Oregon’s Measure 97 proposes increased corporate sales taxes in order to fund social services, affecting multiple aspects of the local economy. Students may have heard mumblings about consumer sales taxes and potential employers moving out of state, alongside counterarguments of improved public school funding and minimal effect on their favorite small businesses.
The text of the measure, according to ballotpedia.org, states: “Measure  increases annual minimum tax on corporations with Oregon sales of more than $25 million; imposes minimum tax of $30,001 plus 2.5% of amount of sales above $25 million … Revenue from tax increase goes to: public education (early childhood through grade 12); healthcare; services for senior citizens.”
Students have mixed feelings about the measure.
“I was 100% in favor of it but taking us from being the lowest-corporate-tax-burden state to middle-of-the-line-tax-burden state would probably make some companies leave, and way more companies not come to [Oregon], which based on my research would probably be a larger negative effect on state revenue than the tax’s increase,” said Patrick Varner ’19.
Indeed, Oregon currently has one of the lowest corporate sales taxes, around 6.6 percent compared to a national average of about 9.1 percent.
Others such as Emily de Lorimier ’17 argued that the potential benefits outweigh the costs.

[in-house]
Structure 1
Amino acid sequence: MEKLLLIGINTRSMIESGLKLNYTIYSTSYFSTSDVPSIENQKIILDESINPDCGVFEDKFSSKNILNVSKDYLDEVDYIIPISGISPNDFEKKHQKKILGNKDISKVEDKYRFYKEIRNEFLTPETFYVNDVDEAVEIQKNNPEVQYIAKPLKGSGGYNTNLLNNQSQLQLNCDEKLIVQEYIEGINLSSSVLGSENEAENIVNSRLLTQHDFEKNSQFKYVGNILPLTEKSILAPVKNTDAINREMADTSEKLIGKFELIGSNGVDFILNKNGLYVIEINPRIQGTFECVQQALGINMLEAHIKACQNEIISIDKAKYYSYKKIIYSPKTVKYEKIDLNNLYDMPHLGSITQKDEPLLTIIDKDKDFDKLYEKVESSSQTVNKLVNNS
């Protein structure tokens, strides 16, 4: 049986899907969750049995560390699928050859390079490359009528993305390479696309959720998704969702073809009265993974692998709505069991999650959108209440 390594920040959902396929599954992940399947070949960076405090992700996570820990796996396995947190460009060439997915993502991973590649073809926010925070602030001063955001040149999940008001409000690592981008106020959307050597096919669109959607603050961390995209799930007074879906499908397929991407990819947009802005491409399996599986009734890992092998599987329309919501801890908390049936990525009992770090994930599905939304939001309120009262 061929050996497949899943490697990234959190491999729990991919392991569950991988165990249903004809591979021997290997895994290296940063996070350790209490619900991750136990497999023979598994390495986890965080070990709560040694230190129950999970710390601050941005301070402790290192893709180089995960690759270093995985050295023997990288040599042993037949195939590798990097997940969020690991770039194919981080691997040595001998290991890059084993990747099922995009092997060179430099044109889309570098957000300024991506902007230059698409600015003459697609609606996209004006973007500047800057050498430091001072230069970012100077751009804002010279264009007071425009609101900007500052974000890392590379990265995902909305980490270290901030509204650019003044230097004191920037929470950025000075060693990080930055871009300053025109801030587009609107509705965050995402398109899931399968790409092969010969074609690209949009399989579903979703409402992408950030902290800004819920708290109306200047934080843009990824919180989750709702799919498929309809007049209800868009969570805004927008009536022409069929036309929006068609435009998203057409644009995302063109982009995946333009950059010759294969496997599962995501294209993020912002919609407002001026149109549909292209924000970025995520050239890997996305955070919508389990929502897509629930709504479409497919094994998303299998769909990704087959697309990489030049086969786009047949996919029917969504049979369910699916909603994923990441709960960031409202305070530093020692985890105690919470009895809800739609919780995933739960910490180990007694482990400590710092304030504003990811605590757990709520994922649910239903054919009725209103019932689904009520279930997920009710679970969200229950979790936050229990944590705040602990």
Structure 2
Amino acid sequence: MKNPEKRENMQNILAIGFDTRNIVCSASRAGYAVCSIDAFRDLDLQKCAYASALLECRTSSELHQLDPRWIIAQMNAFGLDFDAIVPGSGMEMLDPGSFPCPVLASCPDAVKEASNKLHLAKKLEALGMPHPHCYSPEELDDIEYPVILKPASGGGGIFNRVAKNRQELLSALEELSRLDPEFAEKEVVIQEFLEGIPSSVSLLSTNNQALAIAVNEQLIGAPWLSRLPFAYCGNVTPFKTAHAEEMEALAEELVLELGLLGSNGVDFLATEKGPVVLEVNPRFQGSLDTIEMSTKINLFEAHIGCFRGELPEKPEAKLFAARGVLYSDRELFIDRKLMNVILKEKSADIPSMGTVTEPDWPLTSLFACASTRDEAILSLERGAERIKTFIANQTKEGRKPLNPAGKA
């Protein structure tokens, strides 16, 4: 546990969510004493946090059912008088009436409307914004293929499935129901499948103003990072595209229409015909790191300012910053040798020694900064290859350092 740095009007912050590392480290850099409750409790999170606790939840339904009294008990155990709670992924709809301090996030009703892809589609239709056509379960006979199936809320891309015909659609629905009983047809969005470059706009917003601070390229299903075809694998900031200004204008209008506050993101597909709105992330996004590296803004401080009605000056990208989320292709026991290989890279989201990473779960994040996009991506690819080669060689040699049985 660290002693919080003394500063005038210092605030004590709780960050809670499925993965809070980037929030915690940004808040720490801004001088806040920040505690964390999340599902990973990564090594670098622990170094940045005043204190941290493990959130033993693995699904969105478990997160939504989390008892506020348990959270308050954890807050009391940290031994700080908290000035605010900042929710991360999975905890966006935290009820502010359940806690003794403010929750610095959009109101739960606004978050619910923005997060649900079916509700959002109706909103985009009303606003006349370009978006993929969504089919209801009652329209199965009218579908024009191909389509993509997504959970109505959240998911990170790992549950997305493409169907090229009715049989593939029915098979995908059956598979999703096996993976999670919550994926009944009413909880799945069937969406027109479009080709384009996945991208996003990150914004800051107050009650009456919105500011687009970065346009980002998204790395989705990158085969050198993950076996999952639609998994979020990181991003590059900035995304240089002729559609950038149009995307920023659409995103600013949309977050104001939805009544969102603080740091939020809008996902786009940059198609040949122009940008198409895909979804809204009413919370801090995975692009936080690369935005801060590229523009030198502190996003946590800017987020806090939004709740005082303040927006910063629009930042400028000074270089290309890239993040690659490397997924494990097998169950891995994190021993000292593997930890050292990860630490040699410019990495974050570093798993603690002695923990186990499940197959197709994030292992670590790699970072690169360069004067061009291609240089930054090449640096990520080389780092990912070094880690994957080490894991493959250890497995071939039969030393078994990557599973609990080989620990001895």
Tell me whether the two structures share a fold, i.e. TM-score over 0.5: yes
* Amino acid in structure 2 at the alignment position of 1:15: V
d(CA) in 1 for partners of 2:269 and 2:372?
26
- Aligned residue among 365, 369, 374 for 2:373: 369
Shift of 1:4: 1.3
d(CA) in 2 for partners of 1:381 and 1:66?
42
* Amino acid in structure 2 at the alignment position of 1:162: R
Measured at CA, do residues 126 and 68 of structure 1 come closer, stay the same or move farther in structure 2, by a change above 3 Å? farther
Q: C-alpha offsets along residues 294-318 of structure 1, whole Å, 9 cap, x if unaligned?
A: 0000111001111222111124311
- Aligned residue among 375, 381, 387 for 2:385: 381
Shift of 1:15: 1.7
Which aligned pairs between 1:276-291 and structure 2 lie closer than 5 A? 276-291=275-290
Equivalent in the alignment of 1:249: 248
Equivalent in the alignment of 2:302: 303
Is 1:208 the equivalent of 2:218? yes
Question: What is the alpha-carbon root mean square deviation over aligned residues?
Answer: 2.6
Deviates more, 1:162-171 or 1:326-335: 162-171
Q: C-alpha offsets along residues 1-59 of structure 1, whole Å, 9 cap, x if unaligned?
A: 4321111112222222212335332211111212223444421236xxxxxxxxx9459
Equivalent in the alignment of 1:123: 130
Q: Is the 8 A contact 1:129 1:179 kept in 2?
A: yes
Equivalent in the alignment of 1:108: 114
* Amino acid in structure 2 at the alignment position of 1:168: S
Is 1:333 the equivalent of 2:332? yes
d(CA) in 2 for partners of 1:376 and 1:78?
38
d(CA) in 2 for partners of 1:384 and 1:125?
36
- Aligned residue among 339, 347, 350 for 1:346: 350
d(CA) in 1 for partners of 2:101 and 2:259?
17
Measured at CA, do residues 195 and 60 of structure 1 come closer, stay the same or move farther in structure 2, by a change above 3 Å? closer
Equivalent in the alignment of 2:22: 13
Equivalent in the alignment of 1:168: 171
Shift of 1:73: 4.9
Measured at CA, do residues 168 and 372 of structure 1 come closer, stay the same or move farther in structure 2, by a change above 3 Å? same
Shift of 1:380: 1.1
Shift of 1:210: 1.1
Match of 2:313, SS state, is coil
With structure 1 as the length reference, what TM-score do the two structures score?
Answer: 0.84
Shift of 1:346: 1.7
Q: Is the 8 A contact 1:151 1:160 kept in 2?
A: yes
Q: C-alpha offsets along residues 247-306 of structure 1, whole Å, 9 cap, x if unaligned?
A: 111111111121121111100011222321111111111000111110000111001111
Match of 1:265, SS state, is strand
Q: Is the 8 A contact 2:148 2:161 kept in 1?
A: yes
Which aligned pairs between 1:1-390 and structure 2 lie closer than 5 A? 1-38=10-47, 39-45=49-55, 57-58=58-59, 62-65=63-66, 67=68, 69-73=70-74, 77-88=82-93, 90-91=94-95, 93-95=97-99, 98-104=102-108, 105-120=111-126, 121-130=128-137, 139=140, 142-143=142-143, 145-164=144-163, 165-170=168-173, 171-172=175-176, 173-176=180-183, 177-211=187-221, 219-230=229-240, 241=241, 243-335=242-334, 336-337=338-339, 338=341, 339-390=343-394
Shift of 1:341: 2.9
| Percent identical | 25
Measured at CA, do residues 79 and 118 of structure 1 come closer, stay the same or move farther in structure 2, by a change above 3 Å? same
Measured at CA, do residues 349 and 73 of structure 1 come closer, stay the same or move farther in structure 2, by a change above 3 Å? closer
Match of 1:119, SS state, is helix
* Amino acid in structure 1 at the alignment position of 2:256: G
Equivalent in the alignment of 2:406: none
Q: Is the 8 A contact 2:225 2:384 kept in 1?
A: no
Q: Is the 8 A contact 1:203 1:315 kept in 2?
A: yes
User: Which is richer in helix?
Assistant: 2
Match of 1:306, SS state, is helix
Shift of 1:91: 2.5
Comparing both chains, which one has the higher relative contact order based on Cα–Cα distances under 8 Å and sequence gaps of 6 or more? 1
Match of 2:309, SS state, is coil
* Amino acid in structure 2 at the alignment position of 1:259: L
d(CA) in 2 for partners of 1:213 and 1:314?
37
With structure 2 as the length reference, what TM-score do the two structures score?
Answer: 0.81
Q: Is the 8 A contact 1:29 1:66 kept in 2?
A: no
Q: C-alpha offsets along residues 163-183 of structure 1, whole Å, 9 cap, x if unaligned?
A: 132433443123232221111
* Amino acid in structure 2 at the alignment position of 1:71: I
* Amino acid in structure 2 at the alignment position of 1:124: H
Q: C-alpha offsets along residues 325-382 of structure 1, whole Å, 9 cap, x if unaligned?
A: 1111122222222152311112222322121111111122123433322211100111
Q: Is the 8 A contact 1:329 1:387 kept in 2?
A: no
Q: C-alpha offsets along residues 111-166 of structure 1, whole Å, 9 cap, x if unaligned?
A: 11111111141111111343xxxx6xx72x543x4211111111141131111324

“I have heard that it will impact jobs,” said de Lorimier. “The estimate I’ve heard is [that] 800 jobs would be lost, because corporations said they’re gonna move business out of state – like I’ve heard Nike say that. It’s one of those things where it’s a corporation trying to cheat out of being taxed. I mean I’m voting yes on 97, because I feel like it will do more good than harm. All the taxes are also going to local school stuff.”
Retired Professor Emeritus of Economics Martin Hart-Landsberg has been focusing on the details of Measure 97, aiming to address the concerns Oregonians have.
“Since it’s on sales in the state, if Nike moved out of state, and still wanted to sell the same amount of goods in the state, they would pay the same tax,” Hart-Landsberg said. “There’s no gain for them [to move].” His article published in Street Roots emphasized the need for such taxes to ease Oregon’s issues with the “fourth-worst high school graduation rates in the country, the third-largest class sizes and a school year that averages a full two weeks less than the minimum most states require,” in addition to the two-thirds of senior citizens living without personal retirement savings. For LC students originally from Oregon, or those who plan to stay after graduation, these are significant issues to consider.
“At the very least, it’s a very risky way of collecting money,” Varner said. On the other hand, De Lorimier was more optimistic while encouraging students to research and vote.
“I like all of the economists that are picking it apart,” De Lorimier said. “That’s where I’ve been getting a lot of my information from, and this is my first real election cycle voting. So this is important.”